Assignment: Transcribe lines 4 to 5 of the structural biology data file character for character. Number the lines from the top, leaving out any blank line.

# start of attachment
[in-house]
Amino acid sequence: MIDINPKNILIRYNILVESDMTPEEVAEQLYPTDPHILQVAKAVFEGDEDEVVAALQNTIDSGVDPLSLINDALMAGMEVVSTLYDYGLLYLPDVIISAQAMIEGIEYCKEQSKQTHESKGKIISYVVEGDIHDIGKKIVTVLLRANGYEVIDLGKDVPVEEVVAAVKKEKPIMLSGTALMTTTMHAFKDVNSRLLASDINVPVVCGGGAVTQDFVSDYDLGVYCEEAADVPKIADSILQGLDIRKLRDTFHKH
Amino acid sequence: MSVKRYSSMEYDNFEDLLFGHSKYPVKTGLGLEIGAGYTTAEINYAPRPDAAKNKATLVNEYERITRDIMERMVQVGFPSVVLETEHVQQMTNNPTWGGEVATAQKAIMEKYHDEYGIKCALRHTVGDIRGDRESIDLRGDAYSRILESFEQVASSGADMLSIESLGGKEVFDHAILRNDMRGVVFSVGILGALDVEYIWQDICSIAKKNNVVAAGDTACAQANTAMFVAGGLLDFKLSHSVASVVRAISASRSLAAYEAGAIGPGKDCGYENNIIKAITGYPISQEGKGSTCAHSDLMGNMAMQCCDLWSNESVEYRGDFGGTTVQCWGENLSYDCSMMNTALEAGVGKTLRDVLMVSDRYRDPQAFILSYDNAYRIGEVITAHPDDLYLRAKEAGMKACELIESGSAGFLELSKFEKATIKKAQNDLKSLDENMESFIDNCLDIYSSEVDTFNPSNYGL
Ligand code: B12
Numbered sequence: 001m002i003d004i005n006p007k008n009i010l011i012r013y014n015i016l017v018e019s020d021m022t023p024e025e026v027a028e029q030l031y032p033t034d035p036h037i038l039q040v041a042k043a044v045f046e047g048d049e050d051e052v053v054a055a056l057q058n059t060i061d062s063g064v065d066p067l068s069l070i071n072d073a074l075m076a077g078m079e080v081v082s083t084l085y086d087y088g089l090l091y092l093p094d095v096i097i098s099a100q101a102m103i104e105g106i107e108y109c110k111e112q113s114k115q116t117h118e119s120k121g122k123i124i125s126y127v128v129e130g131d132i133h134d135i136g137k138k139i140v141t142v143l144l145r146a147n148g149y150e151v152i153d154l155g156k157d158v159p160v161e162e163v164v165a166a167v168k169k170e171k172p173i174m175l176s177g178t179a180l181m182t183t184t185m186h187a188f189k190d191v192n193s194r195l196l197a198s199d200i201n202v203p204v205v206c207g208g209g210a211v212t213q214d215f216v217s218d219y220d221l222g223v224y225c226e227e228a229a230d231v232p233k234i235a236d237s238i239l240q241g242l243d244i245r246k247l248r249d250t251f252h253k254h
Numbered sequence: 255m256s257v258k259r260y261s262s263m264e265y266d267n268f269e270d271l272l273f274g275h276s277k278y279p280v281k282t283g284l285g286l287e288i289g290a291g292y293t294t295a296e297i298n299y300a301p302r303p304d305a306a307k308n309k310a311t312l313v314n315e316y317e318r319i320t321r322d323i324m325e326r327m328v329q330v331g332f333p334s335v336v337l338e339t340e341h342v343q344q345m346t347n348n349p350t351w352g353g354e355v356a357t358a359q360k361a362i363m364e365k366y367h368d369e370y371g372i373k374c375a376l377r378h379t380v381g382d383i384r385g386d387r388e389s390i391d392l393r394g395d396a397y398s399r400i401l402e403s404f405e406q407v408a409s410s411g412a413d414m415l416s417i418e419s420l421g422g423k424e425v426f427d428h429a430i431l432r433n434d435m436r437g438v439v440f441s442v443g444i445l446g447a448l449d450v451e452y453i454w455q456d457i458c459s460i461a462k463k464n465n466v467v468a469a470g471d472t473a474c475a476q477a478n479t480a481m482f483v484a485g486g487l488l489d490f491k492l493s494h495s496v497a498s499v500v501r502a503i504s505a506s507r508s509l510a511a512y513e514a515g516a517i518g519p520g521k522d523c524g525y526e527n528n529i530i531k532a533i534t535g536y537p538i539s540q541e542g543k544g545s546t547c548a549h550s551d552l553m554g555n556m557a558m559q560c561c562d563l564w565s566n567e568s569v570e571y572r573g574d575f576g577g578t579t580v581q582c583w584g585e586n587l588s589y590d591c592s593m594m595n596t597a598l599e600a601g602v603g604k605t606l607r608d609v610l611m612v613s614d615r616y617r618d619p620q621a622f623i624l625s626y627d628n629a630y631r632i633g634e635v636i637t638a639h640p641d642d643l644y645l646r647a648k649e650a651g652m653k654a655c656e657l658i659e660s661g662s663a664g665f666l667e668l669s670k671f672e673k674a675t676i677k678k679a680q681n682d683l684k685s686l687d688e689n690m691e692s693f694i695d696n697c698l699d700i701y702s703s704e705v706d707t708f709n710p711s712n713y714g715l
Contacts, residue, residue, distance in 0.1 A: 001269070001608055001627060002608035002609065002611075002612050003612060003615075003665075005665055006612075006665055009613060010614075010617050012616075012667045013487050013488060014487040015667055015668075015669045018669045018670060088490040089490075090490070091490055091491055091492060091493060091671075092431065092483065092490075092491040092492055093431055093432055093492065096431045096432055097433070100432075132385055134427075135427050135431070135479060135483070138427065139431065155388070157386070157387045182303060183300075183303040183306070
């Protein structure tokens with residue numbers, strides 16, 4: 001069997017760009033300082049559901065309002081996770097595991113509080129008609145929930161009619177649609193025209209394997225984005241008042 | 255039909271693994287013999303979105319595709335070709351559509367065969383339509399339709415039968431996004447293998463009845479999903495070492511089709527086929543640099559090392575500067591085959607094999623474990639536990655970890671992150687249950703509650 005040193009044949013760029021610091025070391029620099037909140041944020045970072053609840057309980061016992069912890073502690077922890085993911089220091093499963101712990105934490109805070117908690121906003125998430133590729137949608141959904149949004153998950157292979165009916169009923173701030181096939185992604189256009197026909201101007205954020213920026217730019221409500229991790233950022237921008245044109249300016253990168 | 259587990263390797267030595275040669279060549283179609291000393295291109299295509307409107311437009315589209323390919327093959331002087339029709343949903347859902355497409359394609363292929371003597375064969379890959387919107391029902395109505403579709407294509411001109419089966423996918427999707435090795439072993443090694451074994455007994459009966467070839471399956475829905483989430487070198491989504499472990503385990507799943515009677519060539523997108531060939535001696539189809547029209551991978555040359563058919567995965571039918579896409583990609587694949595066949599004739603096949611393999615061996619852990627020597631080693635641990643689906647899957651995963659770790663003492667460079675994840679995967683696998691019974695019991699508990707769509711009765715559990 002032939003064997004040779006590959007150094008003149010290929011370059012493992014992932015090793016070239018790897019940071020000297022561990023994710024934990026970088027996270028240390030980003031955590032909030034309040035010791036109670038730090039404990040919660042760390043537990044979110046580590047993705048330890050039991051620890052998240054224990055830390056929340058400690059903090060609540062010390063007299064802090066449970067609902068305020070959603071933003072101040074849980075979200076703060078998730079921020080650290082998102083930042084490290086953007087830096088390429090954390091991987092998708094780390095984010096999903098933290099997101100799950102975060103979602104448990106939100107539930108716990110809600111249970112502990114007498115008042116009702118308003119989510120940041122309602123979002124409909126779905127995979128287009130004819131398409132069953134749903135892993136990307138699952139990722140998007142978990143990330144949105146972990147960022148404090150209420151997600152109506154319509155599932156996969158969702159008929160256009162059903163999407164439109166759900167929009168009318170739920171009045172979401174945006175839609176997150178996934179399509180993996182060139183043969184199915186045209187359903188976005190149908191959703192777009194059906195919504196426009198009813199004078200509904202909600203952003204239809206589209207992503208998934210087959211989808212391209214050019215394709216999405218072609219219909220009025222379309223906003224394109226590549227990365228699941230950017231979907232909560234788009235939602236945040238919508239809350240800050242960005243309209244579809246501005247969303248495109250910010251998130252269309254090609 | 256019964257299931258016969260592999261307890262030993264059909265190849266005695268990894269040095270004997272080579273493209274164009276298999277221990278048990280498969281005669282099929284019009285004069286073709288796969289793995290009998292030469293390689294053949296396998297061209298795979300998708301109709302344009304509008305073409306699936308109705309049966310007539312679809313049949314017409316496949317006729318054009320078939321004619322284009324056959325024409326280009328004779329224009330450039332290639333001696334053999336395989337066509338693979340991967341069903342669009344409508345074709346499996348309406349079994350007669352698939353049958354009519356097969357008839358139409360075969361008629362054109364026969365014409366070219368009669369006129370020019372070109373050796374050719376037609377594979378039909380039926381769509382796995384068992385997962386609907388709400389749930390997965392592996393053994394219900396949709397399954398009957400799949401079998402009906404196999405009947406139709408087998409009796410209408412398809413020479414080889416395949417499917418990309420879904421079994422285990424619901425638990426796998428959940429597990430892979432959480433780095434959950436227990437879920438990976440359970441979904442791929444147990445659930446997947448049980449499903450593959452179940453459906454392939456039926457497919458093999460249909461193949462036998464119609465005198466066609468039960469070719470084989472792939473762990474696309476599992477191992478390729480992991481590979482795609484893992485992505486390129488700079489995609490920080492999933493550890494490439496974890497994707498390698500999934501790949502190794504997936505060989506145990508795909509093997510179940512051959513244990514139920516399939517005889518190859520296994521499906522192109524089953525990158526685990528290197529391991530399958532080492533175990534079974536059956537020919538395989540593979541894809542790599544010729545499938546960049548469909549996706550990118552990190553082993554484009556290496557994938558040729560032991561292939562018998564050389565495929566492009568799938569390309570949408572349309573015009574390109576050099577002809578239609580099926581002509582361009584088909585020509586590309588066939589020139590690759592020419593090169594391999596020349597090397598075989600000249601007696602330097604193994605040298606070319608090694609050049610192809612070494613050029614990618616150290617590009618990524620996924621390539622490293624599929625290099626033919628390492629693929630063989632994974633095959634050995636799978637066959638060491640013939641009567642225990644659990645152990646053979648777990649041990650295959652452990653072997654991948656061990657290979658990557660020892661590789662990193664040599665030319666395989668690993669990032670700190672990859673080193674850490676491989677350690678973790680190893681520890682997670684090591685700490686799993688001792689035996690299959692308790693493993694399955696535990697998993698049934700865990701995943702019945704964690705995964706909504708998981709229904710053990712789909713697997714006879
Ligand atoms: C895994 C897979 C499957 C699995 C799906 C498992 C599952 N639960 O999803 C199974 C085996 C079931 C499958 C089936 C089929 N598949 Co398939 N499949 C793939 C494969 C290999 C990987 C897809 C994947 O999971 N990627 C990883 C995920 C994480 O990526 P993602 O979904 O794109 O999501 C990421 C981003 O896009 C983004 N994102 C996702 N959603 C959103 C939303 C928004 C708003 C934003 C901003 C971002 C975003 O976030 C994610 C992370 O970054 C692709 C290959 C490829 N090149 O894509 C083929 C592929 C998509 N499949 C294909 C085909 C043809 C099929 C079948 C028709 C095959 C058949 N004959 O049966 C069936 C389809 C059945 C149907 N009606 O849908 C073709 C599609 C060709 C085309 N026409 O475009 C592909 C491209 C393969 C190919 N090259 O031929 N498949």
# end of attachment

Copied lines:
Ligand code: B12
Numbered sequence: 001m002i003d004i005n006p007k008n009i010l011i012r013y014n015i016l017v018e019s020d021m022t023p024e025e026v027a028e029q030l031y032p033t034d035p036h037i038l039q040v041a042k043a044v045f046e047g048d049e050d051e052v053v054a055a056l057q058n059t060i061d062s063g064v065d066p067l068s069l070i071n072d073a074l075m076a077g078m079e080v081v082s083t084l085y086d087y088g089l090l091y092l093p094d095v096i097i098s099a100q101a102m103i104e105g106i107e108y109c110k111e112q113s114k115q116t117h118e119s120k121g122k123i124i125s126y127v128v129e130g131d132i133h134d135i136g137k138k139i140v141t142v143l144l145r146a147n148g149y150e151v152i153d154l155g156k157d158v159p160v161e162e163v164v165a166a167v168k169k170e171k172p173i174m175l176s177g178t179a180l181m182t183t184t185m186h187a188f189k190d191v192n193s194r195l196l197a198s199d200i201n202v203p204v205v206c207g208g209g210a211v212t213q214d215f216v217s218d219y220d221l222g223v224y225c226e227e228a229a230d231v232p233k234i235a236d237s238i239l240q241g242l243d244i245r246k247l248r249d250t251f252h253k254h